Skogan pass: hard and fast

by Bob Truman on February 26, 2013

in Kananaskis Village Area, Ribbon Creek, Skogan pass

Post image for Skogan pass: hard and fast

It’s getting close to the end of February and I still hadn’t skied to Hummingbird Plume so today was the day. We don’t know how many more chances we’ll get.

I met blog readers Dale and Char at the junction of Skogan and Ruthie's

I met blog readers Dale and Char at the junction of Skogan and Ruthie’s

It was +1°C at the Ribbon creek parking lot at 2 pm, and I had every ski in my arsenal available since I had no idea what conditions would be like. I was half-expecting wet snow, but it looked like wax might work, so I decided to start out on my old flat Asnes skis which I usually use on this trail.

Right out of the gate I had good grip with Swix violet as I headed up the Skogan pass trail. The tracks looked icy, but I had no problems until I encountered the scourge of 2013: pine needles. I ended up skiing in the middle a good portion of the way until I reached the screamer. There were still lots of pine needles on the first 500 metres of the screamer, but they soon became much less of a concern as I gained elevation.

One of the better stretches on Skogan pass

One of the better stretches on Skogan pass

When I reached the Marmot junction I hesitated for moment, remembering how much fun I had a couple weeks ago on Marmot, and now it was trackset to boot, but I continued on with the original plan.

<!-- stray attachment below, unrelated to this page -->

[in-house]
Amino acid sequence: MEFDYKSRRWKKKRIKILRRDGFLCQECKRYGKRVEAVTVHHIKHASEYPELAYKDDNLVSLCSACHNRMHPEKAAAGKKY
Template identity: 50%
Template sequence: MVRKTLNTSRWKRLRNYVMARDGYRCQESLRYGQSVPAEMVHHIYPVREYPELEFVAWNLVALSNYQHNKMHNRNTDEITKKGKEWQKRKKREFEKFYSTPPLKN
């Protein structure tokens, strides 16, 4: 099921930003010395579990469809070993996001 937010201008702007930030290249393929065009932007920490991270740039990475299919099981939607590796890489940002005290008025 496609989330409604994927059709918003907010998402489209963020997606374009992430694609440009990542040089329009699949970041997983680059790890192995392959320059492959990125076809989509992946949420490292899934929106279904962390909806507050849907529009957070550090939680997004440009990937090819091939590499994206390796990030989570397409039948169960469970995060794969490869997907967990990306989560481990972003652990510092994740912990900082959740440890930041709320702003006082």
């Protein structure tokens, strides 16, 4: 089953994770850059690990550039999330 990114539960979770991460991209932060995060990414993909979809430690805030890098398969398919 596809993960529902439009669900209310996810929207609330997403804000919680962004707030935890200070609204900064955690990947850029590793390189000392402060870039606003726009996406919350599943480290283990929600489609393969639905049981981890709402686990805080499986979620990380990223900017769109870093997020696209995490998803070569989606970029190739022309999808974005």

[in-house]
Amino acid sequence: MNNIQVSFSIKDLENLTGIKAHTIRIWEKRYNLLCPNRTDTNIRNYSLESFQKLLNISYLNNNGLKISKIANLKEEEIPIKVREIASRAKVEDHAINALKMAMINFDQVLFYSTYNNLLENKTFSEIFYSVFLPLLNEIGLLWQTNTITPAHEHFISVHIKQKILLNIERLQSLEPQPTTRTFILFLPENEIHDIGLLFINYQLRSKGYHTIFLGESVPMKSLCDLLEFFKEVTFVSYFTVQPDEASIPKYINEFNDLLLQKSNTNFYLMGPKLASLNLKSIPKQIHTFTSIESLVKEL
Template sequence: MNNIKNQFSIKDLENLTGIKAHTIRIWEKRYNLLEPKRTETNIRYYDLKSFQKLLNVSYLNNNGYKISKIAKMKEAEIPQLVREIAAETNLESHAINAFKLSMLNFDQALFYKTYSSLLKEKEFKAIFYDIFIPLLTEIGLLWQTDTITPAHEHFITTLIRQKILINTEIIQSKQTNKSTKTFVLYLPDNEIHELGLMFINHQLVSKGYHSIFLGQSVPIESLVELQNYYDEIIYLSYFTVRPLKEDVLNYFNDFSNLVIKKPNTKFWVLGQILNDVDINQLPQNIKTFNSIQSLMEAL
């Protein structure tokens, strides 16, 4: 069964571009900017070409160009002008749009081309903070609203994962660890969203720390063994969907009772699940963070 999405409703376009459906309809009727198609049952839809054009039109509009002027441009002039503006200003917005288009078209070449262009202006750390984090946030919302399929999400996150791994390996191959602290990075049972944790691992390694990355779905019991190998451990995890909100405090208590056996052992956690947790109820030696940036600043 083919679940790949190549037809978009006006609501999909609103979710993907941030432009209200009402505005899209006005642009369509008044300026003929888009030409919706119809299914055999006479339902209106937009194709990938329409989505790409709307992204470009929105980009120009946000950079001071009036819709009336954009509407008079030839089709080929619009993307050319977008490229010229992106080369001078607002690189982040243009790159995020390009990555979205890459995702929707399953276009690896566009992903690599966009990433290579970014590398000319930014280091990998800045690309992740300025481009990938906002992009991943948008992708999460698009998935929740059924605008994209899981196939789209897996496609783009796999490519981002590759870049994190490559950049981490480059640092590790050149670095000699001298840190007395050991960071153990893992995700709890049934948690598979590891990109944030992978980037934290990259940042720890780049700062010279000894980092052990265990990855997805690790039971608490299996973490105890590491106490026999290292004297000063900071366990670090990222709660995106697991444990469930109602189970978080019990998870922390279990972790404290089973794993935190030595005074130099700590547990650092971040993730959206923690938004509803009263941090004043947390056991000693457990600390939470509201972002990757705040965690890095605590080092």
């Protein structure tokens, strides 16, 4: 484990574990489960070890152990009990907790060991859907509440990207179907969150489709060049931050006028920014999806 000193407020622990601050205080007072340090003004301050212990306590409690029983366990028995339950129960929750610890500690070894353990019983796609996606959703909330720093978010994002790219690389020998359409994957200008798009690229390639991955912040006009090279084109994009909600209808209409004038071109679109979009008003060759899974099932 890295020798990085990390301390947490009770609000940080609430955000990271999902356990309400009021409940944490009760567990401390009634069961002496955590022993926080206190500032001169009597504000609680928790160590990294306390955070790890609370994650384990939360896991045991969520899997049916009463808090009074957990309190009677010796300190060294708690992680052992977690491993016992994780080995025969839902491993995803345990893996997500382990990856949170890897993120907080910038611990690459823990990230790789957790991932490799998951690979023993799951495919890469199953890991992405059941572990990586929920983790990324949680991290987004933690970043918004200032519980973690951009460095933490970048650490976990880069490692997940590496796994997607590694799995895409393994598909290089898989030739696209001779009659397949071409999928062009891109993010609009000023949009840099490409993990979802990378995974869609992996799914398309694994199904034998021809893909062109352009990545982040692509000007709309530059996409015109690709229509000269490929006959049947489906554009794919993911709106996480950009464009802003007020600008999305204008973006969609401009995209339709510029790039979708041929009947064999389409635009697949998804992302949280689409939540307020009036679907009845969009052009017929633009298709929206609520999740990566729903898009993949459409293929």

To get to Hummingbird Plume, you exit Skogan Pass at 4.6K and take Sunburst. I remember Jane telling me that these trails have become a lot steeper in the past 10 years, and it sure felt like it as I struggled up Sunburst. That sucker is steep.

The gazebo at Hummingbird Plume

The gazebo at Hummingbird Plume

The snow was not icy, but it was hard packed. There were occasional patches of tree debris all the way to the top, and I picked up a lot of pine needles in my wax on the way up.

Net elevation gain to Hummingbird plume is 400 metres, with a distance of 6.3K. There’s an old gazebo at the top from which you had spectacular views 50 years ago. The forest has grown up and you now have to walk to the edge of a cliff to see down the Kananaskis valley.

Ribbon creek

Ribbon creek

Taking High Level adds about 1K to the return, and the the trip back down was wild. Even on my old slow skis, it took a Herculean effort to snowplow on the hard snow, and of course the corners are scraped bare. It was a nail-biter on a couple turns but I made it down without crashing. I actually had to stop a couple times and rest because my leg muscles were aching from the effort.

With that mission accomplished, I skied for 1.2K on Ribbon creek and found the conditions better. Wax was gripping very well, tracks were good, and there are only small amounts of debris intermittently along the trail.

Beyond the Link junction the trail is still closed due to the cougar kill.

Until we get more snow, I couldn’t recommend Skogan pass/Sunburst/High Level to anyone but a seasoned intermediate skier who is very fit and enjoys high-risk behavior.

Search terms LOL

When I checked the blog stats tonight, I could see that someone googled “lemon moraine pie” and they got my blog.

{ 2 comments… read them below or add one }

1 Michel February 27, 2013 at 7:13 am

The Hummingbird “gazebo” is actually an old fire lookout. I believe I read that in “My Valley” by Ruth Oltmann.


2 jeff February 26, 2013 at 9:52 pm

The snow under all the hard pack is still cold winter snow it is highly recommended to follow the fresh grooming and track setting this week. Conditions should remain consistent until mid Friday when really warm temperatures kick in.

Now that’s what I like to hear: fresh grooming on the way! -Bob


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